The pilots’ strike in Air India is not just another whimsical act intended to make a loss-making airline bleed further. It is the culmination of a bad marriage between Air India and Indian Airlines
and the original culprit was former Civil Aviation Minister Praful Patel, who pushed the merger through without resolving HR issues between employees of the two merging entities.
One may or may not agree with Air India pilots who say their cadre should be favoured for training on the new Boeing Dreamliners over pilots from Indian Airlines, but in the absence of any assurance on career prospects, they are right to seek a resolution of the issue before it becomes unsolvable.
The strike is not a sign of union recalcitrance, but an act of frustration against a callous management that thinks such issues can be brushed under the carpet indefinitely. An issue that should have been sorted out before the merger is now having to be resolved through a strike. The Air India management is clearly not fit to run the airline.
Air India pilots should know better than to call in sick without prior warning. It’s unprofessional. Already, the image of the airline has hit a low with fliers, lenders and everyone else; this stri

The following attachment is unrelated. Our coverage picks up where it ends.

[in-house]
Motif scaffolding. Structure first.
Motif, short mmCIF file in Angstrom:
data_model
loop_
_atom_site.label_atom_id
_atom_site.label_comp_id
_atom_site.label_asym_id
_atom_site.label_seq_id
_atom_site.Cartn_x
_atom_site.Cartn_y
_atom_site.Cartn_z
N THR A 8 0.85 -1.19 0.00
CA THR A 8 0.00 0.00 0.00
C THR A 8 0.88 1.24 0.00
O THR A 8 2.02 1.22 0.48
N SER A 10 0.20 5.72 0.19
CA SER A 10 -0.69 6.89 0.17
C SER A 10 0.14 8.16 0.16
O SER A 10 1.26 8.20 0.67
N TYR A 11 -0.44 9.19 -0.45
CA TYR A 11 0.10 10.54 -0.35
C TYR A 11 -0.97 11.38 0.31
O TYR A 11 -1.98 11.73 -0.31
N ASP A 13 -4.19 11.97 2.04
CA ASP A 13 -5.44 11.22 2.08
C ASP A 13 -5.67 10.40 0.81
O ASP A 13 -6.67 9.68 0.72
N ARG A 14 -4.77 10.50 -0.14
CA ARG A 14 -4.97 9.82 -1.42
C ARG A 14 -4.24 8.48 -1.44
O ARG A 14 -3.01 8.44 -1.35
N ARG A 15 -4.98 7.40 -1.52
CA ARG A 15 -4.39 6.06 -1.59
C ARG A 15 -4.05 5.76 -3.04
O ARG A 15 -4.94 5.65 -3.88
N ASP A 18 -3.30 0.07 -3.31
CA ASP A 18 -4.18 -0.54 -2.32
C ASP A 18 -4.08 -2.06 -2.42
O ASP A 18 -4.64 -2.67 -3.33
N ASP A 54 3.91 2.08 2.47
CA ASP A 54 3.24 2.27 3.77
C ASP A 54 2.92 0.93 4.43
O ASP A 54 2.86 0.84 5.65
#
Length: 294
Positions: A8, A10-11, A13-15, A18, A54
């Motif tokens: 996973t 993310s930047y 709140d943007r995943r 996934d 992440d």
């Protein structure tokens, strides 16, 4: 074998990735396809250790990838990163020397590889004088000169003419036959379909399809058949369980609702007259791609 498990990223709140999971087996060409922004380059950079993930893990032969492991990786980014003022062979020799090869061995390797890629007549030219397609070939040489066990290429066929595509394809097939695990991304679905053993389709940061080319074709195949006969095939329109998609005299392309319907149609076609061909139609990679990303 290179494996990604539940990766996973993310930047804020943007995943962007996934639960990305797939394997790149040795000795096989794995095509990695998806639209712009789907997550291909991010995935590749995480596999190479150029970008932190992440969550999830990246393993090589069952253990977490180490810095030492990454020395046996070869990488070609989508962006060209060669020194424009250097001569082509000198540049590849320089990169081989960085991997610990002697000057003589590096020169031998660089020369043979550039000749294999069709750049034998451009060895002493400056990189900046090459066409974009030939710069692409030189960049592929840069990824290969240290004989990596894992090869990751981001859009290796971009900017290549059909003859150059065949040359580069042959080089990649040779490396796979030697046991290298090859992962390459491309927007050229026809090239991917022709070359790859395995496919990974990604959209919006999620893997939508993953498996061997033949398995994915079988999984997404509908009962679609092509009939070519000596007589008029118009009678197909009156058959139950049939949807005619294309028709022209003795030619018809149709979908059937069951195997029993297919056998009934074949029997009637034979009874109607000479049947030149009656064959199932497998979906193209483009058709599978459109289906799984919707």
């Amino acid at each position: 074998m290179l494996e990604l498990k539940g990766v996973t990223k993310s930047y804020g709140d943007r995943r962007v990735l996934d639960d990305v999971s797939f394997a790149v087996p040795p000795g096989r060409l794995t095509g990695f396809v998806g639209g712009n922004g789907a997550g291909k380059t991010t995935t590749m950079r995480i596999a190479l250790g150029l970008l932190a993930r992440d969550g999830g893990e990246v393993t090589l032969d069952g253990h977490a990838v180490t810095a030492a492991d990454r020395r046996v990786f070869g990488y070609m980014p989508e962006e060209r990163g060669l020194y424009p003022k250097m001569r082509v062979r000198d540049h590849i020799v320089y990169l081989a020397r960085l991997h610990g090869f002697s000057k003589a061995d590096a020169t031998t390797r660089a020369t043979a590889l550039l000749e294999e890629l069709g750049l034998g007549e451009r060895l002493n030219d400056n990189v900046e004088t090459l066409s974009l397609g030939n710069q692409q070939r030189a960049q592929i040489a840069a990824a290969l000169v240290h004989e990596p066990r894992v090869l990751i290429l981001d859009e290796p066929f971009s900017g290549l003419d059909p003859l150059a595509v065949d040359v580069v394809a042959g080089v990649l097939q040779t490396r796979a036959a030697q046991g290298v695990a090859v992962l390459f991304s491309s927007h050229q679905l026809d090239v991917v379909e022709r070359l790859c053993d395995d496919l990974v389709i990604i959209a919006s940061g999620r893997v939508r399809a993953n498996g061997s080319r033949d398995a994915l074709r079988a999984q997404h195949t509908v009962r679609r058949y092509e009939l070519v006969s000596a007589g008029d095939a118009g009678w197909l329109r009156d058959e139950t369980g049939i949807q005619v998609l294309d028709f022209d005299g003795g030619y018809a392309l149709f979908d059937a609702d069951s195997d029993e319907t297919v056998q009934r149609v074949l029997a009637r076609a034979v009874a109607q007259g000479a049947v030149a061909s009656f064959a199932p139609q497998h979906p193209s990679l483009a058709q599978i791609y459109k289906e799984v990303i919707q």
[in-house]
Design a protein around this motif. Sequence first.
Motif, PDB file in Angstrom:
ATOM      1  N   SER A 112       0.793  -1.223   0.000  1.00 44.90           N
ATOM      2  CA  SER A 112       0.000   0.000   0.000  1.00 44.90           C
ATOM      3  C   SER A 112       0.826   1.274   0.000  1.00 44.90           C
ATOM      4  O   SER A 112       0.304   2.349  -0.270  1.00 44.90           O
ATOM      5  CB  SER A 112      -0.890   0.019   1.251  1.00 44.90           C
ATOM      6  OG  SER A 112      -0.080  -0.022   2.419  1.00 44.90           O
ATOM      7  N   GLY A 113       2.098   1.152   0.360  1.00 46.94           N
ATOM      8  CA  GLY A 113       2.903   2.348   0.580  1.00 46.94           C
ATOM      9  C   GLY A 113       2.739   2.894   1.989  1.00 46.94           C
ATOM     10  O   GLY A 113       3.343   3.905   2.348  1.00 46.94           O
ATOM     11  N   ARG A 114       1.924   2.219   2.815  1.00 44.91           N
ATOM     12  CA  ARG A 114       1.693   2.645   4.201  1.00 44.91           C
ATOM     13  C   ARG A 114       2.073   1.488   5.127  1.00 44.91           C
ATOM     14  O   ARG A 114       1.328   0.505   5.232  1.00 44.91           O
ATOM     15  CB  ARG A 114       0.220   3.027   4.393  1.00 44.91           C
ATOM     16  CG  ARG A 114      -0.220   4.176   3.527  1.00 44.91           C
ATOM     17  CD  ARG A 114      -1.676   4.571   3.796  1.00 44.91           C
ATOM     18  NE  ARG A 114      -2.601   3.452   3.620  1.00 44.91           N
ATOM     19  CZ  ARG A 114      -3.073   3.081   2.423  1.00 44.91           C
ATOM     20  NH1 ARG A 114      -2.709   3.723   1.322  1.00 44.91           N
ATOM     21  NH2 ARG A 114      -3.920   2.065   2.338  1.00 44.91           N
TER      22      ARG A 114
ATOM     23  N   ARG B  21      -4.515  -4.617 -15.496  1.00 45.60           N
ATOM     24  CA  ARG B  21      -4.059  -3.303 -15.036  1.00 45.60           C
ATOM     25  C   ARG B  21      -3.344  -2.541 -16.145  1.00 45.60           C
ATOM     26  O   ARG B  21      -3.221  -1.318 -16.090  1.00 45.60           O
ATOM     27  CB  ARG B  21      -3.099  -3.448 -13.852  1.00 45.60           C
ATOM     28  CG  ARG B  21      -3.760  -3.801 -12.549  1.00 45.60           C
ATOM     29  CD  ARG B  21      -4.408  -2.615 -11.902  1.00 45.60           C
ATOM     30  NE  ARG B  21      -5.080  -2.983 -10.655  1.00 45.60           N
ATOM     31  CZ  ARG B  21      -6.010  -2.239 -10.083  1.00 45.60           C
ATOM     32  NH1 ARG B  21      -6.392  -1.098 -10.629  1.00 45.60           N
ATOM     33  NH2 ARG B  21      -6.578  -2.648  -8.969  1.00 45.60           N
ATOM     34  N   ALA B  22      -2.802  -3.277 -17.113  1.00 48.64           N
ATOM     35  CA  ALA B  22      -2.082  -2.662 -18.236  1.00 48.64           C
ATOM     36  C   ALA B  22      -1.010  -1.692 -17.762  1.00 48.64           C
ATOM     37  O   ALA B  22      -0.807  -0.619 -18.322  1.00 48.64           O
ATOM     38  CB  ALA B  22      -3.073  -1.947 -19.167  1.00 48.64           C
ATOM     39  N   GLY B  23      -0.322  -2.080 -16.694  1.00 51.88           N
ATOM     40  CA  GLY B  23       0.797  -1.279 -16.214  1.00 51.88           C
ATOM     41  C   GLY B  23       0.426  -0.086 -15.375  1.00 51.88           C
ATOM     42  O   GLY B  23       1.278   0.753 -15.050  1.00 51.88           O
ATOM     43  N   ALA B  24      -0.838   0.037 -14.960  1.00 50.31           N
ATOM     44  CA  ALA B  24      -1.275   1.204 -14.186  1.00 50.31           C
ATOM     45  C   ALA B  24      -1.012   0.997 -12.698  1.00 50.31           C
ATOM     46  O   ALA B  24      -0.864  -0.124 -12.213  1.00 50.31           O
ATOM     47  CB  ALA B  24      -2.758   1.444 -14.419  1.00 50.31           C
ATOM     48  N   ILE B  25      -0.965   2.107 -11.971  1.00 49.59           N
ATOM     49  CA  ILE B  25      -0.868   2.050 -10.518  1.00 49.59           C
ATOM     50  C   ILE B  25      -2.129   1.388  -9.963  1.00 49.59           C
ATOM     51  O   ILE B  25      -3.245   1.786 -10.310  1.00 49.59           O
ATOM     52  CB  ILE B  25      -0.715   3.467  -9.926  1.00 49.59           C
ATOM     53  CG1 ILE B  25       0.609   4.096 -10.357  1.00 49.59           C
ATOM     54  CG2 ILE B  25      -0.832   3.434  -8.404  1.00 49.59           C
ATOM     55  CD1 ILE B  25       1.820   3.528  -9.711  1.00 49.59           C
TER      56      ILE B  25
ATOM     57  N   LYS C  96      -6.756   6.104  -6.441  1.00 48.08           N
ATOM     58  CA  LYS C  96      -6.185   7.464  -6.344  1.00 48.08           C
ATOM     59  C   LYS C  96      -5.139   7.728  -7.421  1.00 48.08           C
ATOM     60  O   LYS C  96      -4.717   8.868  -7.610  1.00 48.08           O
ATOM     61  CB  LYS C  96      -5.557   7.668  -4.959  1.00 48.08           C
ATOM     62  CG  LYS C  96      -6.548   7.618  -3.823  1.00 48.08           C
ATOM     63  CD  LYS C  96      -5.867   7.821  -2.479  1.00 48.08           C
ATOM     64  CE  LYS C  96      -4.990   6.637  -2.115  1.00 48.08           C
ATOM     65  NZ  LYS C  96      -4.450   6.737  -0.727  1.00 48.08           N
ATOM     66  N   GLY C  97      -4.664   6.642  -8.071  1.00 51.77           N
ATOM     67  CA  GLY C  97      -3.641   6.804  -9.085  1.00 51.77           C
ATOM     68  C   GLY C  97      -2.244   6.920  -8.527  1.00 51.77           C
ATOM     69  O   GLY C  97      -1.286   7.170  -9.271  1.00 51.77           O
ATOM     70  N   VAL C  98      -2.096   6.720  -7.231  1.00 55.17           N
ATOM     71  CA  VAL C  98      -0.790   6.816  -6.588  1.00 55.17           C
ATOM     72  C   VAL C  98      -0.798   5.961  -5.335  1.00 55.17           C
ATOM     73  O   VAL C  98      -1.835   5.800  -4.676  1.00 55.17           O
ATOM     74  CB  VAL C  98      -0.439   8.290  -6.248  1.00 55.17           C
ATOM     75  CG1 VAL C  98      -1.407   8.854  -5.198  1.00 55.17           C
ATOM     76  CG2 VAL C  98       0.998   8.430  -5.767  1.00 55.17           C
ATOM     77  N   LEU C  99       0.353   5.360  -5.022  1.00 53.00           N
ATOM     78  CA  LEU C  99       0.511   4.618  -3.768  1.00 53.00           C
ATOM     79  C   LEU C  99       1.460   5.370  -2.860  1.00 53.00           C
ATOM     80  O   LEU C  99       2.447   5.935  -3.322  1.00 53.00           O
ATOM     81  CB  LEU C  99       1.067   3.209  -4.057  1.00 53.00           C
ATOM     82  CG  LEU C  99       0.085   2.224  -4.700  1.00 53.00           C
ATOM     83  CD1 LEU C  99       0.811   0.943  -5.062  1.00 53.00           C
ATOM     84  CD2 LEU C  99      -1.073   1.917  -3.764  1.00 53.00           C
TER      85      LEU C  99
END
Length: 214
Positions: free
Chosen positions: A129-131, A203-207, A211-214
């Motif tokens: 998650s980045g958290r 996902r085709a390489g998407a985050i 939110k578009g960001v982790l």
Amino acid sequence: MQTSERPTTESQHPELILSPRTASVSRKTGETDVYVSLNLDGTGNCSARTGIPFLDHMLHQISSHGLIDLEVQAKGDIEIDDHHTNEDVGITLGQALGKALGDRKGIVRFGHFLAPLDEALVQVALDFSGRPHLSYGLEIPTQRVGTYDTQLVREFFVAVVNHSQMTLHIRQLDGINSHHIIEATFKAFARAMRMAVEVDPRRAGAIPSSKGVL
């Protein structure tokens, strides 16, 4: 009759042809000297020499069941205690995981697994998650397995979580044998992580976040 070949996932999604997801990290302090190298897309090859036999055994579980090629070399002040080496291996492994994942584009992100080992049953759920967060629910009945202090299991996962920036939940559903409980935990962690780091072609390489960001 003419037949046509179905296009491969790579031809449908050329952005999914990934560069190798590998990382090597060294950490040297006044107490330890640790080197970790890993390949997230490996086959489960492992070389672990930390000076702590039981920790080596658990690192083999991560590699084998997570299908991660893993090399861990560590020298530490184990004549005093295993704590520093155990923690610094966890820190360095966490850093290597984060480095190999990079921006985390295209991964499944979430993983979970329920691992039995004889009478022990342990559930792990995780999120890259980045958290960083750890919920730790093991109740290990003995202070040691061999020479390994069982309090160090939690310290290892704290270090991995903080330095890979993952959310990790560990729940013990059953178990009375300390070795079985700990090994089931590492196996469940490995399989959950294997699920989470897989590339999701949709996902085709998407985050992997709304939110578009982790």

ke will re-inforce that negative view.
Plus, it will do very little to get the pilots’ grievances addressed because management will be in a belligerent mood and unwilling to negotiate. Passengers are also unlikely to feel charitable towards the pilots, especially if they are directly affected by this flash strike.
Quite a few of them are likely to decide never to fly with the airline again to avoid any last-minute problems (why choose an airline whose pilots might go on strike without any prior warning?). That will hit revenues of the airline – and eventually the pilots’ future salaries.
And let’s face it, these employees are still lucky that they have their jobs because the government is willing to bailout a financially crippled Air India. Their counterparts at at least one private-sector airline are not so lucky. Think again, AI pilots.